• Promotes fear in law-abiding citizens
  • Discourages them from leaving their homes, or from improving the neighborhood
broken windows theory
Broken Windows Theory
  • Is based on order maintenance
  • “Quality of life” crimes (panhandling, public drinking, urinating in public, loitering, graffiti painting) are not overlooked
  • Foot patrols are utilized
  • Officers “reconnect” with community
  • “Crackdowns” are used to address specific public crimes
  • Do you believe there is merit to the Broken Windows theory?
  • How do you think we should treat homeless panhandlers in the inner city? Clear them out? Let them stay?
police field organization
Police Field Organization
  • Patrol Activities
  • Investigations
  • Special Operations
patrol function
Patrol Function
  • Patrol units – 2/3 of police are on patrol; long considered the “backbone” of force
    • Deterring crime by physical presence
    • Maintain public order
    • Traffic
    • Arrest
    • Provide other non crime related services
    • Paperwork – about 20% of time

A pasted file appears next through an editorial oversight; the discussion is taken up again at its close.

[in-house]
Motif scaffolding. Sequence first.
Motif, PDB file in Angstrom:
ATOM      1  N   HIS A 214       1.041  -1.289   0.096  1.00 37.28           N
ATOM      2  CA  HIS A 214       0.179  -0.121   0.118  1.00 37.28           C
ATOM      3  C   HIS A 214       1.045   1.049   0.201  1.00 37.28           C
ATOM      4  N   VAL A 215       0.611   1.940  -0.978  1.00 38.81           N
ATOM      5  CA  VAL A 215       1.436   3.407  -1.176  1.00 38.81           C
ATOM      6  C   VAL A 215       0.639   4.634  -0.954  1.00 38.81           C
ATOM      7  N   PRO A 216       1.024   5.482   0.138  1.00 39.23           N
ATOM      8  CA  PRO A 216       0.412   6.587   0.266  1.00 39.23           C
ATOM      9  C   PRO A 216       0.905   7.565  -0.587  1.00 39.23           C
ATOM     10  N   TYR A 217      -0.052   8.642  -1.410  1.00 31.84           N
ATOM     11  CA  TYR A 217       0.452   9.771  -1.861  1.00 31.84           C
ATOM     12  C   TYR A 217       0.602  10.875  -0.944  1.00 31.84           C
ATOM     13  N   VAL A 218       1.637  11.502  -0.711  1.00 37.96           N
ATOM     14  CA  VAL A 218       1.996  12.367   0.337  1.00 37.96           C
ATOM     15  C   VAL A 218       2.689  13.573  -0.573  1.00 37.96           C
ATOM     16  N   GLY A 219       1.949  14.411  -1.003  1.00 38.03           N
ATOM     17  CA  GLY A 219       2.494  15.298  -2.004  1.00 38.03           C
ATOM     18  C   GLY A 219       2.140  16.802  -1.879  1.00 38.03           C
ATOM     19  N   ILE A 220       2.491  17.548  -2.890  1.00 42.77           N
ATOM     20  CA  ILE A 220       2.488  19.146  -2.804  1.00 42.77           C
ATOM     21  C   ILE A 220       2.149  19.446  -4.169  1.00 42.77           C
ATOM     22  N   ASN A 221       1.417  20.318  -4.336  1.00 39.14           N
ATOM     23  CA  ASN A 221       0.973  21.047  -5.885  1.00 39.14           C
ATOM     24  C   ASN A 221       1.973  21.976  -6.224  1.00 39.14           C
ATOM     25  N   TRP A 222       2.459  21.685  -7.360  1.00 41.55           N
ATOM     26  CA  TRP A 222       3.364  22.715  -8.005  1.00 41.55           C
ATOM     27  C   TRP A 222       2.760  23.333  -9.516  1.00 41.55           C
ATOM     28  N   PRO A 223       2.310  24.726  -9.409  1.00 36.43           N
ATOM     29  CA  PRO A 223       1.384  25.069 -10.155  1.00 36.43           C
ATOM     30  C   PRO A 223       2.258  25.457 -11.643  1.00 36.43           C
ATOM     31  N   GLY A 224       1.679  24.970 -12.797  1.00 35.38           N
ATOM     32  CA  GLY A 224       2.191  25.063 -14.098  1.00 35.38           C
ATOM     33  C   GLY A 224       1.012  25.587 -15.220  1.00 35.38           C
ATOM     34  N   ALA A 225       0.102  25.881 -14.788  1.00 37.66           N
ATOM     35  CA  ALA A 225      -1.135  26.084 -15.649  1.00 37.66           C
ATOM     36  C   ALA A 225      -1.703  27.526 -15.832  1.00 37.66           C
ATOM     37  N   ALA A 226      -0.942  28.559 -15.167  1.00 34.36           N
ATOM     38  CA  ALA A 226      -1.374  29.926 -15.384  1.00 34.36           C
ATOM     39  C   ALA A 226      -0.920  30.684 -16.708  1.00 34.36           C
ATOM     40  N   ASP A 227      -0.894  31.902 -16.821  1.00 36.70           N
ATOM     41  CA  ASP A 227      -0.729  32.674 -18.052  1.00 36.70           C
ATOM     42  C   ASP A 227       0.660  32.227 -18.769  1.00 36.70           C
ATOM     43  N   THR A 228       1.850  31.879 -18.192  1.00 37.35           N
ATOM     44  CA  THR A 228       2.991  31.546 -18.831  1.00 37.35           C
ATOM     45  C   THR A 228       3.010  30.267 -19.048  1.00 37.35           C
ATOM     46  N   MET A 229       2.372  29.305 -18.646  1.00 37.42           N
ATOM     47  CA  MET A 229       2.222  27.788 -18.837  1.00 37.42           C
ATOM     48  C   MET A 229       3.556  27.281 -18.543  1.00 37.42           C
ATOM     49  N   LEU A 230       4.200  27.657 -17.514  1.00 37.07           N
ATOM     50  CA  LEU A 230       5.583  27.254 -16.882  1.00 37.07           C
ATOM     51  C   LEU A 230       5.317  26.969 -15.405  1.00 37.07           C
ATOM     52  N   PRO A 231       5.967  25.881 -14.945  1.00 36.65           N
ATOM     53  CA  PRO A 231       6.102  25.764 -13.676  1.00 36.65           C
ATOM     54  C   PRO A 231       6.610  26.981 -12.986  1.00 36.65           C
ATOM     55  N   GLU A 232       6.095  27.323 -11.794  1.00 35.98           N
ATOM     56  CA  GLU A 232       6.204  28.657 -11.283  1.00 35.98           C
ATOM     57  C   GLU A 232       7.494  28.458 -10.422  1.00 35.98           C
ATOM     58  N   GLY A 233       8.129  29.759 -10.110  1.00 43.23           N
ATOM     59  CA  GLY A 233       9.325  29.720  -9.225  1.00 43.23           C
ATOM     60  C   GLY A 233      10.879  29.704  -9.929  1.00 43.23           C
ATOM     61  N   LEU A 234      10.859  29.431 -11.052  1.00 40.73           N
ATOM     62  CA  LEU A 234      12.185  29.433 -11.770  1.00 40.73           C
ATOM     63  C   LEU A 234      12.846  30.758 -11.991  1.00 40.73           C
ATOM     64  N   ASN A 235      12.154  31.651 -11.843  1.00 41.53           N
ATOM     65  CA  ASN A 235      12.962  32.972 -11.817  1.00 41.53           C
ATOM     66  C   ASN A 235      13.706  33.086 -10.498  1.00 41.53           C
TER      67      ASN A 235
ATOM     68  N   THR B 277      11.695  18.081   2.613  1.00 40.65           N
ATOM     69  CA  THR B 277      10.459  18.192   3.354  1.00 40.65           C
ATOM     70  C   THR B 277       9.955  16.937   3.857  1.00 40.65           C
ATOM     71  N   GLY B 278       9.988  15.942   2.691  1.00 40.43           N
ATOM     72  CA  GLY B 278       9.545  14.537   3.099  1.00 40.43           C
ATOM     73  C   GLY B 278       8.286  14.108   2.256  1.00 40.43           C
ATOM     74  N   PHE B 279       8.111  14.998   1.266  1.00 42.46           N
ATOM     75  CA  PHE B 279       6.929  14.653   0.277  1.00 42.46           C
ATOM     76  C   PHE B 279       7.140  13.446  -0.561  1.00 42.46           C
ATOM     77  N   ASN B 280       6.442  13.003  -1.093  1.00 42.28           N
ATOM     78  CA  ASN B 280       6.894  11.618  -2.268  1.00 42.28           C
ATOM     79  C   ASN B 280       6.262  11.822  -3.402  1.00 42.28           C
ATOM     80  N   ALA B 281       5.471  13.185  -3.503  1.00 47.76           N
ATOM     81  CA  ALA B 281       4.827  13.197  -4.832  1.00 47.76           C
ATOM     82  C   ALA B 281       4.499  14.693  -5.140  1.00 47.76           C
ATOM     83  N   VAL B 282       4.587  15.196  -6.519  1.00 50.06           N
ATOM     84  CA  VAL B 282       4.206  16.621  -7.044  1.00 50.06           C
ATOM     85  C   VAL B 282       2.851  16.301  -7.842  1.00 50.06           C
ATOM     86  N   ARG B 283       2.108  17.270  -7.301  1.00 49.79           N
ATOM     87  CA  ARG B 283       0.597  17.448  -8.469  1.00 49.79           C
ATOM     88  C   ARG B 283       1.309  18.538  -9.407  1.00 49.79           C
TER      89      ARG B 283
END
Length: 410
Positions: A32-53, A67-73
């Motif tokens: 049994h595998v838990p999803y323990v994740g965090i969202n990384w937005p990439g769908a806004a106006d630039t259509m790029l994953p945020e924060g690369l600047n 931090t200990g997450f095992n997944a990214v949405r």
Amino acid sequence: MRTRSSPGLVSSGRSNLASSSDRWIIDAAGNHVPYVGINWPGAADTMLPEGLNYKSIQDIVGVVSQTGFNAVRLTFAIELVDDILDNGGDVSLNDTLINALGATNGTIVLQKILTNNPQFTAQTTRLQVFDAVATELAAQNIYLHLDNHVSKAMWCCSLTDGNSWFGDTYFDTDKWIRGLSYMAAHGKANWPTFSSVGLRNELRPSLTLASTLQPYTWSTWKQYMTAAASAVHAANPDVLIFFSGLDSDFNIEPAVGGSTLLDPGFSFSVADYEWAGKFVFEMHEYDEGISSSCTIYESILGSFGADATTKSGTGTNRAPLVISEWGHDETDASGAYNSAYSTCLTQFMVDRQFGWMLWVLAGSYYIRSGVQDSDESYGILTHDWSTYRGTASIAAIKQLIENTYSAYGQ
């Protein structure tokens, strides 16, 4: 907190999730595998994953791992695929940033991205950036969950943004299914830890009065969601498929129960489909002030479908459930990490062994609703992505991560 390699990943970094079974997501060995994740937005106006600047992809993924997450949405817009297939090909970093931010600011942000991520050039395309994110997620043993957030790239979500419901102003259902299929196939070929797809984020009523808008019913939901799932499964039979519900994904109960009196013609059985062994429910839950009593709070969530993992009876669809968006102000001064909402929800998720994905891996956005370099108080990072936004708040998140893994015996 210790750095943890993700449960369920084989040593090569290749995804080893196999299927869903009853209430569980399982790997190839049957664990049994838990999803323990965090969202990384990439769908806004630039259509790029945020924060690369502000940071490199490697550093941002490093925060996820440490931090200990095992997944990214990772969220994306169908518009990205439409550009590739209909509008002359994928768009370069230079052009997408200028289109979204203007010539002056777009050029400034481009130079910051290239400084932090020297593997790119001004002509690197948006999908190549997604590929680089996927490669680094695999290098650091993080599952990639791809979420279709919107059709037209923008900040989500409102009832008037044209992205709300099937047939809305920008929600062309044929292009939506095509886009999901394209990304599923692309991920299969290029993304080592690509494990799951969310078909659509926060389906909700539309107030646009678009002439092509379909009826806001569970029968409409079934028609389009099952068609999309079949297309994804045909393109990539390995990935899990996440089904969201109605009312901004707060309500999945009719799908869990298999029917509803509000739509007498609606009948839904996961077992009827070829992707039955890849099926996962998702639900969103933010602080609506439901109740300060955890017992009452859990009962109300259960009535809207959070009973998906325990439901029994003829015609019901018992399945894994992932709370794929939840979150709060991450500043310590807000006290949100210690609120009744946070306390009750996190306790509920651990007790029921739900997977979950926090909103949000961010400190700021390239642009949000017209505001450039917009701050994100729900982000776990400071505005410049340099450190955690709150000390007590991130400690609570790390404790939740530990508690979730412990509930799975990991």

• Larry Naber says, “Police work is 90% boredom and 10% adrenalin rush.”
police patrol
Police Patrol
  • Directed patrol: Strategy to respond to specific criminal activity at a certain time
  • General patrol (or random patrol): Strategy to rely on officers monitoring a specific area to detect crimes in progress, or prevent crimes due to their presence.
  • All jurisdictions use automobile for patrol, some have bicycles, motorcycles, horses, boats, and foot patrols
kansas city patrol experiment 1973
Kansas City Patrol Experiment (1973)
  • Utilized 3 different patrol procedures:
    • Control beats: similar to general patrol
    • Proactive beats: patrol activities doubled or tripled in area
    • Reactive beats: no patrol; only reacted to calls from precinct
results of kansas city patrol experiment
Results of Kansas City Patrol Experiment
  • Shocking to most observers
  • Study results---no real difference in:
    • Crime
    • Opinions of public of effectiveness of police
    • Response times
    • Reports of crime to police
  • In spite of results, most continue patrols to reassure citizens